Catriona McPherson was born in Scotland and immigrated to America in 2010. She is proud to be the 2015 president of Sisters in Crime. She received her PhD in Linguistics from the University of Edinburgh, her thesis being “Existence and Truth in Discourse.” From there it was but a short hop to meeting up with society sleuth Dandy Gilver and, for example, A Bothersome Number of Corpses. On her website McPherson calls the Dandy series her “preposterous 1920s detective novels,” but don’t be fooled, they are smart and beautifully written with keen insight into the social issues of the day, not to mention “Dandy’s drop-dead vocabulary,” per The Scotsman. McPherson also writes what Library Journalcalls “tales of modern gothic suspense,” including The Day She Died and her latest, Come to Harm. Whether working in a whimsical or darker vein, “she is,” according to the San Francisco Book Review, “a master of dialogue, understatement and slightly twisted humor.” Which surely describes the author herself.
Kelli Stanley is the author of the Miranda Corbie detective series set in 1940s SF. Miranda is a glamorous, tough-talking investigator with a fierce commitment to justice and an inability to put up with BS. Her cases deal with anti-Semitism, racial injustice, and in her latest, City of Ghosts, Nazi art theft. Once you’ve read them, I urge you to seek out her Roman Noir novels set during the Roman occupation of Britain. Her protagonist is a mixed race doctor—“native” and Roman—an outsider-insider in service to Rome’s governor. In the midst of the crime solving, Kelli gives us a subtext of colonialism and class as well as a fascinating view of a very distant culture. Formerly out of print, Nox Dormienda—A Long Night for Sleeping—is available as an ebook. WSJ crime fiction critic Tom Nolan writes of both series: “Stanley…knows how to bring the past to life…with a wealth of references…attitudes (and) dialogue…that seem both true to another time and as spontaneous as right this minute...”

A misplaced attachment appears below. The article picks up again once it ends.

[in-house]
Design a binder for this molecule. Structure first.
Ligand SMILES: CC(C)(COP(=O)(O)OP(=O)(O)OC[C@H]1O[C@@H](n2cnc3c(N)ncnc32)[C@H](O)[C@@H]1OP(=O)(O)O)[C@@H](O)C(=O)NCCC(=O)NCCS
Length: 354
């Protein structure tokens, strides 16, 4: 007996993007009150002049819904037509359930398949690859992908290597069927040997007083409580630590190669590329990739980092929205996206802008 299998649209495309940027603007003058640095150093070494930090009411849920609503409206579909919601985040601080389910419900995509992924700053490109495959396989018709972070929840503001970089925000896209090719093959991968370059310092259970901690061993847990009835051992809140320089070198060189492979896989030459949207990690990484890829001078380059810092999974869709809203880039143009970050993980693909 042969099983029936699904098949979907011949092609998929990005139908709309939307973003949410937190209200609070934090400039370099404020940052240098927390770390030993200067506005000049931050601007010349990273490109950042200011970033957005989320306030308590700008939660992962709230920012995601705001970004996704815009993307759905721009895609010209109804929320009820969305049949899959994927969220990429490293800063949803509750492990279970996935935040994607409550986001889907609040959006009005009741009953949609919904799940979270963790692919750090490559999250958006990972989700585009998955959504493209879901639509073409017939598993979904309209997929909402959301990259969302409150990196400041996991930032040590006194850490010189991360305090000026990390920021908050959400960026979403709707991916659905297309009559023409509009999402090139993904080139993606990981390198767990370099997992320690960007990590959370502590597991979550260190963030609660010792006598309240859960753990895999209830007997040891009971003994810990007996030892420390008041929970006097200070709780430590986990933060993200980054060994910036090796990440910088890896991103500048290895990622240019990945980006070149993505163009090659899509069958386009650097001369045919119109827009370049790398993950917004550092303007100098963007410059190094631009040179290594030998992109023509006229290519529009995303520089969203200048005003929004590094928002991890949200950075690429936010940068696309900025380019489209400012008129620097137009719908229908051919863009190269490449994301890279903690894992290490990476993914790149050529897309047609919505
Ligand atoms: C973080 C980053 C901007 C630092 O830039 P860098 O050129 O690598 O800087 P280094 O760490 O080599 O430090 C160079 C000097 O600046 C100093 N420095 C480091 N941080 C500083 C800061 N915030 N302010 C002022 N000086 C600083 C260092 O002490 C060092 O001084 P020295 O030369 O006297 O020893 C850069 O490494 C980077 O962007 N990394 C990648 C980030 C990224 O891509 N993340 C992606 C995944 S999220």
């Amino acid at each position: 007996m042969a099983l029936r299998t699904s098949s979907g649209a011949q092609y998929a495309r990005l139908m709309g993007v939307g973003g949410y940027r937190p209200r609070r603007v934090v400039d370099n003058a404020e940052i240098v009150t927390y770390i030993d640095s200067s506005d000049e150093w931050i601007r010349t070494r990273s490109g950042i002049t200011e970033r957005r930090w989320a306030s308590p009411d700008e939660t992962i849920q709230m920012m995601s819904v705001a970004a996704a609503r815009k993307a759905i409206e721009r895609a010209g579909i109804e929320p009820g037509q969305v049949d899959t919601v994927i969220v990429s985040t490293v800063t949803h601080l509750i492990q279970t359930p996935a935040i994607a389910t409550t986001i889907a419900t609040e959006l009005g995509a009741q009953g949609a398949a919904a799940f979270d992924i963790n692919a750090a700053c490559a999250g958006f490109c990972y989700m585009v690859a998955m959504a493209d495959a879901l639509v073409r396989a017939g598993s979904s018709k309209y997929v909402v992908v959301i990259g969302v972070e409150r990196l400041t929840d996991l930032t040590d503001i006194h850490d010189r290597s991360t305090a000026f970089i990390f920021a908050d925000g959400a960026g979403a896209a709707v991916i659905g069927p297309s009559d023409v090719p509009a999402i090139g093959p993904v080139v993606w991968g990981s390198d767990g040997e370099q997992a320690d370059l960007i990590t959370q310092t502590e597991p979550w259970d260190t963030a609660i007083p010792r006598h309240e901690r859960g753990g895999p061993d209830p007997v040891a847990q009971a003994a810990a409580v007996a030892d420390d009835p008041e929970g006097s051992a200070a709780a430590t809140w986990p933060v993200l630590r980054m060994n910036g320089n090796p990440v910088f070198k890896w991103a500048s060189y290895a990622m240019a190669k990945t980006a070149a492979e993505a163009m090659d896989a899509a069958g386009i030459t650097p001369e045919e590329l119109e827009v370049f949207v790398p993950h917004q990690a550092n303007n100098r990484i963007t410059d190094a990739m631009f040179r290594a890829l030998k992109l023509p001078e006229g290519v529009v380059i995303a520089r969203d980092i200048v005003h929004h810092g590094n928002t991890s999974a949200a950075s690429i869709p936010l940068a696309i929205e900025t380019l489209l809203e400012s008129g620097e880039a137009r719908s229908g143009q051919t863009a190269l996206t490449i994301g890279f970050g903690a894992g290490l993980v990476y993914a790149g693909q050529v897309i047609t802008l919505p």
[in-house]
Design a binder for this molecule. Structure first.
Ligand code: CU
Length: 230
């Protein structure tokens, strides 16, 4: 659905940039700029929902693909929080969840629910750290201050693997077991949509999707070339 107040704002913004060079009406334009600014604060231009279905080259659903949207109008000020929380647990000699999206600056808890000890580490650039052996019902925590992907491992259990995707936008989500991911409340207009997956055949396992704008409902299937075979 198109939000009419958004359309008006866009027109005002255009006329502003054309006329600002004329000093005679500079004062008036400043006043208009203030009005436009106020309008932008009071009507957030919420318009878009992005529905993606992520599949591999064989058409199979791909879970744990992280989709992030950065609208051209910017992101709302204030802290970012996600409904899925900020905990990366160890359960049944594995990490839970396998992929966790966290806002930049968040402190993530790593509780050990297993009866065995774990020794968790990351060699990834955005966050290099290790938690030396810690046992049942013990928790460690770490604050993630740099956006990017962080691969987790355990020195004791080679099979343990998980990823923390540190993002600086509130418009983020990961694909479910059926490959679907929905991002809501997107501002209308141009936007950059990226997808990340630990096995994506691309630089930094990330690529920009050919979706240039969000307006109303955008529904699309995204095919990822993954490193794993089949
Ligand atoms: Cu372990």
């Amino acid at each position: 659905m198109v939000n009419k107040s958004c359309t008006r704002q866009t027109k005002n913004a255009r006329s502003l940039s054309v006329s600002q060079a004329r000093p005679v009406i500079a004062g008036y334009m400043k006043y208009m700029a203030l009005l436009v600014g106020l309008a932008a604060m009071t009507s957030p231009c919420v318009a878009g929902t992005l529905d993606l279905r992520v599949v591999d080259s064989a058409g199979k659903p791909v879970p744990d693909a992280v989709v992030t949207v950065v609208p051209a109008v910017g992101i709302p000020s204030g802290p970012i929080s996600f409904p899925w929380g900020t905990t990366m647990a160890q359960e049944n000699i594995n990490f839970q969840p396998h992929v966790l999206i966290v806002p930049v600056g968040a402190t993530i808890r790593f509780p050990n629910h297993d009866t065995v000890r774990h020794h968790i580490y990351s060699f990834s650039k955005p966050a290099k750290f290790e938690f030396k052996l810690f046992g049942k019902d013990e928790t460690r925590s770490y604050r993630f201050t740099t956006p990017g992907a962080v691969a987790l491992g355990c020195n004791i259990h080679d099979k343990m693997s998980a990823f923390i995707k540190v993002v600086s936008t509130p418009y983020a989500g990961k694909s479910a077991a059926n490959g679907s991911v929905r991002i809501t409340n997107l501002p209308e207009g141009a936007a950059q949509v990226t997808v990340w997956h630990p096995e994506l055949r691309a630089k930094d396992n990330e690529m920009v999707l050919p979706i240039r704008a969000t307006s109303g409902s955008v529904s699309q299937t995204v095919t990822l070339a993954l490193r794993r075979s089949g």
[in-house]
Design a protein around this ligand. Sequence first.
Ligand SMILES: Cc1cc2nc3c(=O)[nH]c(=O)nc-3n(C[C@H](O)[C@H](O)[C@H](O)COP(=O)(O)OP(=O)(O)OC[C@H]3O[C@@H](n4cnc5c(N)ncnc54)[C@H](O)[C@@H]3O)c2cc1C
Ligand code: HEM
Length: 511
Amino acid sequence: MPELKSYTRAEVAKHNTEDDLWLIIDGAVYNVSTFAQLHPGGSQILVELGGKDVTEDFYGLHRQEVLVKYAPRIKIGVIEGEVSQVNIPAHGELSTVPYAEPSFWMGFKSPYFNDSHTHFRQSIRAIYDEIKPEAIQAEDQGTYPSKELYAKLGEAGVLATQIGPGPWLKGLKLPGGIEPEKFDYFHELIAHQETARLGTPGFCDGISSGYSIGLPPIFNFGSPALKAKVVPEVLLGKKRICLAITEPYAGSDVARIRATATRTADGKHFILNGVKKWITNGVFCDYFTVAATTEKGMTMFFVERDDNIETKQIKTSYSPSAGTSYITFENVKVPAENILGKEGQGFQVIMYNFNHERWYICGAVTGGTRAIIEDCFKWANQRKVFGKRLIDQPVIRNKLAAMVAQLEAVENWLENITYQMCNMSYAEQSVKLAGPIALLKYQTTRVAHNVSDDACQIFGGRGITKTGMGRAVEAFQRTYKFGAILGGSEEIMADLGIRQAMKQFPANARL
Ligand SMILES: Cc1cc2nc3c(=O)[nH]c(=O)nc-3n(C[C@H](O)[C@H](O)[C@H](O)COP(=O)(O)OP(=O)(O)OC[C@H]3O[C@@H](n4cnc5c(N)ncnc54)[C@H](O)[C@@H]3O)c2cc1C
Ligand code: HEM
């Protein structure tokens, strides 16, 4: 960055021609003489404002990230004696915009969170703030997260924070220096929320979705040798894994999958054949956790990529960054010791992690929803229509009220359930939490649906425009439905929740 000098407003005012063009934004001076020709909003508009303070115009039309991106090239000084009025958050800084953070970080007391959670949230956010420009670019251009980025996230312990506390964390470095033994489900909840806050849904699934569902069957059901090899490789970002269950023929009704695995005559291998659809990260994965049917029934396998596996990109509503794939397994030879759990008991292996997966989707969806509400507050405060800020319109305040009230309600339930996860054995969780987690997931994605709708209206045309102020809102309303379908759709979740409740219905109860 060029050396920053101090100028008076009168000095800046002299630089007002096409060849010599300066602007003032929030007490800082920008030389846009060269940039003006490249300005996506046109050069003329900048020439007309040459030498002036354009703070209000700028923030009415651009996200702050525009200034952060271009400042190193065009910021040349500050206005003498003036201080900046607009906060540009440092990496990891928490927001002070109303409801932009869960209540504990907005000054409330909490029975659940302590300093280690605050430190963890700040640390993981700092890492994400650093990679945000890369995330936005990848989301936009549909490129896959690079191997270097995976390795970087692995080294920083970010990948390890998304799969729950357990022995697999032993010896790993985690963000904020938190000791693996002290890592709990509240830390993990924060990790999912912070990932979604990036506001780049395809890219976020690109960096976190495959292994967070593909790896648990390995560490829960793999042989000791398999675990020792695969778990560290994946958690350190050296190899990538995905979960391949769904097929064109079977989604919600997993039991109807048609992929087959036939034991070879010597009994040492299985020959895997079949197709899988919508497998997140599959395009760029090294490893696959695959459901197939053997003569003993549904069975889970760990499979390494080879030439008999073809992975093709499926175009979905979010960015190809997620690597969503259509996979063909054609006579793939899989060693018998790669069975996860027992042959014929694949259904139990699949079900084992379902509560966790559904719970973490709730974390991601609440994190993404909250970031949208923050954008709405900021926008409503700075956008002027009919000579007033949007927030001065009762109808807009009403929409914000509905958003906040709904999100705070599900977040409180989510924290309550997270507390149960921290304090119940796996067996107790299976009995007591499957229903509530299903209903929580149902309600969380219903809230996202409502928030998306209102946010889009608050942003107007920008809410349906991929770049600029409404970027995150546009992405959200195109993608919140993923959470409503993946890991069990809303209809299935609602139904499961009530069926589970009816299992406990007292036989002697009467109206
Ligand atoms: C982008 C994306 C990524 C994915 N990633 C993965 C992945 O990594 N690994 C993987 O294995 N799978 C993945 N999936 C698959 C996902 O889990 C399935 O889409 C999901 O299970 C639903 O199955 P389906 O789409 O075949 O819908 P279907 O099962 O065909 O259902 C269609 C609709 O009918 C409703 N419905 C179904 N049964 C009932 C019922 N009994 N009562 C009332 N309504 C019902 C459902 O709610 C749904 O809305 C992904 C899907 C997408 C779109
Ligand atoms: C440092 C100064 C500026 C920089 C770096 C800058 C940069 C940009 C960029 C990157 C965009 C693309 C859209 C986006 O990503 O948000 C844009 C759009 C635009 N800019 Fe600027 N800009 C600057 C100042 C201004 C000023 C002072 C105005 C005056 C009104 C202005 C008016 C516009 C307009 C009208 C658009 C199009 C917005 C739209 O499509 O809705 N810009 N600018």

After their readings, we moved into the discussion. As these authors all write historical mysteries, I asked them how murder in “their” periods are different—and the same—from today. Basically, how are people the same over time and how does our society and culture change us?
Having recently written an historical myself, I asked about their thoughts on research, accuracy vs. “creativity.” And also about the role of geography in a story, the specificity of place.
The following was for Laurie: You write on your website: “One of the pleasures of novels is learning about different times, other places, unexpected ways of seeing the world. Setting aside the minor fact that novelists lie for a living, a novel can both open windows, and open minds.” You also write, “Historical fiction is both a window and a mirror.” Can you reflect further on this?
I had discovered a similarity between their series characters and posed this one to them all: Mary Russell, Dandy Gilver, and Miranda Corbie each seems to be writing her own script about the role of women in her period. Along with Arcturus, the British-Roman doctor (in Kellie’s Roman Noir), they are all outsiders to some extent. How does that affect their lives and work?
We discussed plotting and then took some questions and our fifty-minute panel was over too quickly. All my anxiety was for naught!
Afterward, my daughter and I explored the rest of the festival and especially, the “Lacuna” of books. Tune in next time.